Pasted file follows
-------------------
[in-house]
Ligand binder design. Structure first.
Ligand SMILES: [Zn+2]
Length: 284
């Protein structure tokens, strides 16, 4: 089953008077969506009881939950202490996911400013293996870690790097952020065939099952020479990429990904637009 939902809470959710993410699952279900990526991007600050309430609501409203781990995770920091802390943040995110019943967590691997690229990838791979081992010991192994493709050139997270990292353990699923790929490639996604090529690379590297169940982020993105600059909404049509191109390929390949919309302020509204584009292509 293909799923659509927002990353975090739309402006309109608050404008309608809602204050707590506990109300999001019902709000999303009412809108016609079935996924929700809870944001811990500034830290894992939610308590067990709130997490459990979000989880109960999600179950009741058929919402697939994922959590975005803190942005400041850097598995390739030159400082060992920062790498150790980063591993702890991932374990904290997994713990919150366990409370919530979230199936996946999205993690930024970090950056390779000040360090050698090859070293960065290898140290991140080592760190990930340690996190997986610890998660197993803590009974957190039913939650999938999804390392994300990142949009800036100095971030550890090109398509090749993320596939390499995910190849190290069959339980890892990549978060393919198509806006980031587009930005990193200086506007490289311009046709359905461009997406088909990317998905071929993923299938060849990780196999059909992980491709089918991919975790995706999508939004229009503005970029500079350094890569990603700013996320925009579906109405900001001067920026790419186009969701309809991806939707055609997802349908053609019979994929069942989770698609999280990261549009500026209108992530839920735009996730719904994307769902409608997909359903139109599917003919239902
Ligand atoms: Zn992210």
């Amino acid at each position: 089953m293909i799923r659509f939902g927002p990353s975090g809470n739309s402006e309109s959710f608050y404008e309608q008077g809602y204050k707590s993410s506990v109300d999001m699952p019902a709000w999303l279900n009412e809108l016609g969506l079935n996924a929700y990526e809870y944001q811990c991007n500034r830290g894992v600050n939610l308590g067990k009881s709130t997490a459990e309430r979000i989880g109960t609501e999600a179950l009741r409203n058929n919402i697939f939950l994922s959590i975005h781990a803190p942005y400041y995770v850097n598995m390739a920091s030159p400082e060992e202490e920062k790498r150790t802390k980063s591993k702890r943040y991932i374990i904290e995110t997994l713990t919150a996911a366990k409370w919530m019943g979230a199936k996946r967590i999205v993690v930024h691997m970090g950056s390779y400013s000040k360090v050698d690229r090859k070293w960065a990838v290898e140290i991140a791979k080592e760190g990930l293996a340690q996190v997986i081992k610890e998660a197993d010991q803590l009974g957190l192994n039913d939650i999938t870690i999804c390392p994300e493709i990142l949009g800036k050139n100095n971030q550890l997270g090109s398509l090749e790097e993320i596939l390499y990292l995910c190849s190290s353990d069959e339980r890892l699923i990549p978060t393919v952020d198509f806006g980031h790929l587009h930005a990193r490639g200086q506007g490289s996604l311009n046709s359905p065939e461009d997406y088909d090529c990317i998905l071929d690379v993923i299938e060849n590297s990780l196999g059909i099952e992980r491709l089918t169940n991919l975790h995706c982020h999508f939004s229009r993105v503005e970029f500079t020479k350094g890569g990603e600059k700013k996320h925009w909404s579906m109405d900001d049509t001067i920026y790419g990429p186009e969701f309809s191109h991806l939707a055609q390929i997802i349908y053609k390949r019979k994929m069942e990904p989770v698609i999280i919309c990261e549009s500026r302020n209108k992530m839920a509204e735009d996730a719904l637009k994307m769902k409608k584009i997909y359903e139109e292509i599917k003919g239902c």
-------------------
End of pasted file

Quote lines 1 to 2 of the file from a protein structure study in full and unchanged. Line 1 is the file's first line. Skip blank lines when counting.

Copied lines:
[in-house]
Ligand binder design. Structure first.